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School of Medicine department receives HRSA grant to develop educational tools to fight opioid crisis

FOR IMMEDIATE RELEASE
Monday, June 19, 2017
Contact:
Leah C. Payne, Director of Public Affairs, Schools of Medicine & Pharmacy, 304-691-1713

School of Medicine department receives HRSA grant to develop educational tools to fight opioid crisis

HUNTINGTON, W.Va.—The department of family and community health at the Marshall University Joan C. Edwards School of Medicine has received a $61,142 grant from the Health Resources & Services Administration (HRSA) to develop educational initiatives to fight the opioid crisis in our region.

Department Chair Stephen M. Petrany, M.D., says the funding will augment the department’s current efforts to address the drug issue.

“This is a one-year offering that allows our team to expand upon its various efforts to assist in the fight against this terrible problem plaguing our region,” Petrany said.  “The grant will allow us to train future primary care physicians and physician assistants in the complex issues inherent to opioid addiction and its medical management.”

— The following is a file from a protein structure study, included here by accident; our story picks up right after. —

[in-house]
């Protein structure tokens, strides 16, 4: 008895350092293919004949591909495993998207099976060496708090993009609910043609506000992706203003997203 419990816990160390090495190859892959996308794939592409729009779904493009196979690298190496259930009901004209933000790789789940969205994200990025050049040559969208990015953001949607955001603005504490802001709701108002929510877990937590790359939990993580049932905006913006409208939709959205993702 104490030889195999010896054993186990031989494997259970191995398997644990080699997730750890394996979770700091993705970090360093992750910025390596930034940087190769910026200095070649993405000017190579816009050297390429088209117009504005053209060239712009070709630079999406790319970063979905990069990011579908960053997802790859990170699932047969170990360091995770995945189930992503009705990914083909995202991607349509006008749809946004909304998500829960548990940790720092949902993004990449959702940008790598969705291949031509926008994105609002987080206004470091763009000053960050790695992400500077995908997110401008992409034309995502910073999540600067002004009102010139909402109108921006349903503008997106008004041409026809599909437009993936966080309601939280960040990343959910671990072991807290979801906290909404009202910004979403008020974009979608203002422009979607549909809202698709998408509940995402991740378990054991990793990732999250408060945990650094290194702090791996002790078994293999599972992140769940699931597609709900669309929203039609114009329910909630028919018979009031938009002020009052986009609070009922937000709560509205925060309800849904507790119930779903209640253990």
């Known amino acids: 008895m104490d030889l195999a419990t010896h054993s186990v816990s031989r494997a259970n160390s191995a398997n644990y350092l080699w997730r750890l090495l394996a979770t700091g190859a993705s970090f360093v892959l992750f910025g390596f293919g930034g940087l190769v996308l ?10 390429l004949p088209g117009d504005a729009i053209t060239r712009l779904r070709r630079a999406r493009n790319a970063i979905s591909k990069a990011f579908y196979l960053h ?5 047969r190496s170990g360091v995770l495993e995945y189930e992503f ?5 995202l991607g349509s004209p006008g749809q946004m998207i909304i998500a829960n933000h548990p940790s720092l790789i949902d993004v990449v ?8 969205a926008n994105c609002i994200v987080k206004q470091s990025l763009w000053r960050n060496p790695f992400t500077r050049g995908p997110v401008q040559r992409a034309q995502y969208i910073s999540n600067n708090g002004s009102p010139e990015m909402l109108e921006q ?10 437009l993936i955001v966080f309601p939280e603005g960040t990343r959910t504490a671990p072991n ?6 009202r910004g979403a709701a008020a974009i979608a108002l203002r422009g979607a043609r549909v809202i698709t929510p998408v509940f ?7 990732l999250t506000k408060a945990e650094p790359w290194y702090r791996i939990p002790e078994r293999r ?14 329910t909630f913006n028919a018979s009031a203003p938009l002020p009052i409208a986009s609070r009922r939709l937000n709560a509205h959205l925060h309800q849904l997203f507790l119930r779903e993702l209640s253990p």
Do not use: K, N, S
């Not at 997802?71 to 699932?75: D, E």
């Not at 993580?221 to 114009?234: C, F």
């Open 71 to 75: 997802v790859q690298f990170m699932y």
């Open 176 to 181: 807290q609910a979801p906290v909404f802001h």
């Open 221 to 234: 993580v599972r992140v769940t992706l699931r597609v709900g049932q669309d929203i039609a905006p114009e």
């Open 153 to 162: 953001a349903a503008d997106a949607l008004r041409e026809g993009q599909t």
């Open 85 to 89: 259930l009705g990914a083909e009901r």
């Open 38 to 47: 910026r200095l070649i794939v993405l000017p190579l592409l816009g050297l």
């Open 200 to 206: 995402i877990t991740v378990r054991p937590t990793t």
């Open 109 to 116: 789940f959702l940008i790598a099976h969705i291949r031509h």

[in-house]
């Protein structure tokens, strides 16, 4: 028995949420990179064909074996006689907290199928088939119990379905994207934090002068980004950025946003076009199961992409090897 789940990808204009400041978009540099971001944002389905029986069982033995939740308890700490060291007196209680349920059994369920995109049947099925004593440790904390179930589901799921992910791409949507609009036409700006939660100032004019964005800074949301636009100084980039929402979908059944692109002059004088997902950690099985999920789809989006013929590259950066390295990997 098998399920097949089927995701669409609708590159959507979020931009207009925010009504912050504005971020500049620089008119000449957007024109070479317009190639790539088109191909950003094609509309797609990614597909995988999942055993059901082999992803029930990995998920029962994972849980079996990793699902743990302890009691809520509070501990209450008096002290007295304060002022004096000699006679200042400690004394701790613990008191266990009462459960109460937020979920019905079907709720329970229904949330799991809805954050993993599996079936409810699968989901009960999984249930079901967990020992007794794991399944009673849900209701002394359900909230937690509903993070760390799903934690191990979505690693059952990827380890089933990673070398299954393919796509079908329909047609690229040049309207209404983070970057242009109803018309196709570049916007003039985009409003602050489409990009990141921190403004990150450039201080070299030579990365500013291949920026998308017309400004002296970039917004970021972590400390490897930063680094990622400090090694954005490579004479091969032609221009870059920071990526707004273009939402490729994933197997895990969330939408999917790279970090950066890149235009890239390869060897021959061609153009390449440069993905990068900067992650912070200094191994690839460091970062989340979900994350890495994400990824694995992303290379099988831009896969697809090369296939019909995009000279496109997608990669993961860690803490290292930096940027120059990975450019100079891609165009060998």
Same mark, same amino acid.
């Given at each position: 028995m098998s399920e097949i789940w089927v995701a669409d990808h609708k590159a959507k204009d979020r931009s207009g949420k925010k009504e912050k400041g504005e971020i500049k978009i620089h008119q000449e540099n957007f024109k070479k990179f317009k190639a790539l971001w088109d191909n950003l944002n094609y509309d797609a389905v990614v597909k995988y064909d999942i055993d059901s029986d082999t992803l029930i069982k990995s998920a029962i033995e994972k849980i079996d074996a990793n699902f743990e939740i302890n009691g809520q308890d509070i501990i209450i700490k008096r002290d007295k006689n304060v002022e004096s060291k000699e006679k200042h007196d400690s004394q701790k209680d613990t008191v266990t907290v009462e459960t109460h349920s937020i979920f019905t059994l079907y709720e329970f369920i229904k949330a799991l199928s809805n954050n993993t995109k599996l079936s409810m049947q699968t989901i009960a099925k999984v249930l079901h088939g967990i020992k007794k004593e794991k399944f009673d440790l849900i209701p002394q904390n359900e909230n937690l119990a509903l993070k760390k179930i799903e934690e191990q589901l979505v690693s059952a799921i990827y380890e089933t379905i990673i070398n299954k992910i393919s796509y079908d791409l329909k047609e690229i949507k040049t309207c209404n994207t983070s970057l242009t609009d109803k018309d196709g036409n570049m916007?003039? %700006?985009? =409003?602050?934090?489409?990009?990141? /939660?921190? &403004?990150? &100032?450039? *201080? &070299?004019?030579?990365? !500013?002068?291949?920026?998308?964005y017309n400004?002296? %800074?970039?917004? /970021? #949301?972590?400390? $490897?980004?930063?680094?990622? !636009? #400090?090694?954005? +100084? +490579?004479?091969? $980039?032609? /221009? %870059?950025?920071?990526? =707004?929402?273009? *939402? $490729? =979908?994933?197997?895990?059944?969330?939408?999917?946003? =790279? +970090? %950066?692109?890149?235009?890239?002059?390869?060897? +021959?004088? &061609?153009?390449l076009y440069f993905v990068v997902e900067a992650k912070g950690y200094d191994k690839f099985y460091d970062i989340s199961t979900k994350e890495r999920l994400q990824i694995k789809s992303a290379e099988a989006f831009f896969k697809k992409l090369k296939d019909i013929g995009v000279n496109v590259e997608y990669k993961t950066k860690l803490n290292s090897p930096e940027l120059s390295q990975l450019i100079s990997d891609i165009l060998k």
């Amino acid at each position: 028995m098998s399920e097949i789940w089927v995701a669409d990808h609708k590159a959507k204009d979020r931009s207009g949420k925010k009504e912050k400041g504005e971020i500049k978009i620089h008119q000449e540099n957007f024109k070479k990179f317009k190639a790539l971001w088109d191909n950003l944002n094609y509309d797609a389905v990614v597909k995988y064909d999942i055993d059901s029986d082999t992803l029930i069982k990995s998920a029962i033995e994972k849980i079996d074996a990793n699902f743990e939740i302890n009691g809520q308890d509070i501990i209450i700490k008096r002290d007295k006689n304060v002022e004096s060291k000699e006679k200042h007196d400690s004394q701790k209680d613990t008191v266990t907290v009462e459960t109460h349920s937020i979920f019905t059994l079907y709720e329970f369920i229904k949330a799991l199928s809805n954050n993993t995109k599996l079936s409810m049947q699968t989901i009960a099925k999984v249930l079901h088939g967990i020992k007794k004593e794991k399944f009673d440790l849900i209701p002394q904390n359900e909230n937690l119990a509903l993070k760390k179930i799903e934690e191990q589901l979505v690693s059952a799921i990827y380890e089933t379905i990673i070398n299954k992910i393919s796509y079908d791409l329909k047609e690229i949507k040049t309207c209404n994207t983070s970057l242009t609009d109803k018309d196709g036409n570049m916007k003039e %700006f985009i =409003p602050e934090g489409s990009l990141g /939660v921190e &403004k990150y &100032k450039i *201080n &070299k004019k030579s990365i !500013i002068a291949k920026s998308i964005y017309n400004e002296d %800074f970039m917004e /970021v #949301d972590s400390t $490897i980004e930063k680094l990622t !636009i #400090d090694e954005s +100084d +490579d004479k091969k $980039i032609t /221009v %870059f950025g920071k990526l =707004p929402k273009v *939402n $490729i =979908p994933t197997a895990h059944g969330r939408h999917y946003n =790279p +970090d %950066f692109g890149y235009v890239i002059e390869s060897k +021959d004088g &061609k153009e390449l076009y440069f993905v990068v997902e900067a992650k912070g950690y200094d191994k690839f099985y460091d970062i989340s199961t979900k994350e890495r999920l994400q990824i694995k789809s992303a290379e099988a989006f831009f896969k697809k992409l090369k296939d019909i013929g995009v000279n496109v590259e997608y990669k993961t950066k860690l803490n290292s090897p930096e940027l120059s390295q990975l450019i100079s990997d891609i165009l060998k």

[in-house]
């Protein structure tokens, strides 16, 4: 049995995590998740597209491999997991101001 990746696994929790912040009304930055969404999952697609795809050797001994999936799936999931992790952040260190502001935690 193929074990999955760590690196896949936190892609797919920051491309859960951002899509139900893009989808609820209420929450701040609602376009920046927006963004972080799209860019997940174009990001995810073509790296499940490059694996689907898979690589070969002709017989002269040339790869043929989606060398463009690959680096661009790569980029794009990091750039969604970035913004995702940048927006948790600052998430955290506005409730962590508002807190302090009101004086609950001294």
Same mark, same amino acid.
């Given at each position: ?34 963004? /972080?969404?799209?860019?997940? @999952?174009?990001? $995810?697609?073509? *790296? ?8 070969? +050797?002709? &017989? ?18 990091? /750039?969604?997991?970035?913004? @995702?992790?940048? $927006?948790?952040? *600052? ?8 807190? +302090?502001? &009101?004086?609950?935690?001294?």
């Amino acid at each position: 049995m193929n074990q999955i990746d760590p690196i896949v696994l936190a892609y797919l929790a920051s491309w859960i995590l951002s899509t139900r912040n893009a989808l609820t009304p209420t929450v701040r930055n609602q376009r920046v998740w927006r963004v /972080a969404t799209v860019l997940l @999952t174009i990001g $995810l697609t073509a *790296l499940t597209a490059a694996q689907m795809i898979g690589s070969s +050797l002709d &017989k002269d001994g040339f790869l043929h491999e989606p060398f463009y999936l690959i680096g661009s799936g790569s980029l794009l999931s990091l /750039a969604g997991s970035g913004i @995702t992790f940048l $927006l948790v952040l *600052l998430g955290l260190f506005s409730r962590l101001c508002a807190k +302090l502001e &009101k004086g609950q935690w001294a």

In addition to the department’s work, Marshall University, in totality, continues to address the issue on several levels. Last fall, President Jerome A. Gilbert created a new position and interdisciplinary coalition in addition to the university’s existing programs.  An individual for the newly created position, a director and professor of addiction sciences for the School of Medicine, is expected to be named this summer.  The university’s interdisciplinary coalition is led by three people; Dean Kevin W. Yingling, Marshall School of Pharmacy; Amy Saunders, who leads the university’s Student Health Education Programs; and Jim Johnson, who is the director of drug control policy for the City of Huntington.

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Date Posted: Monday, June 19, 2017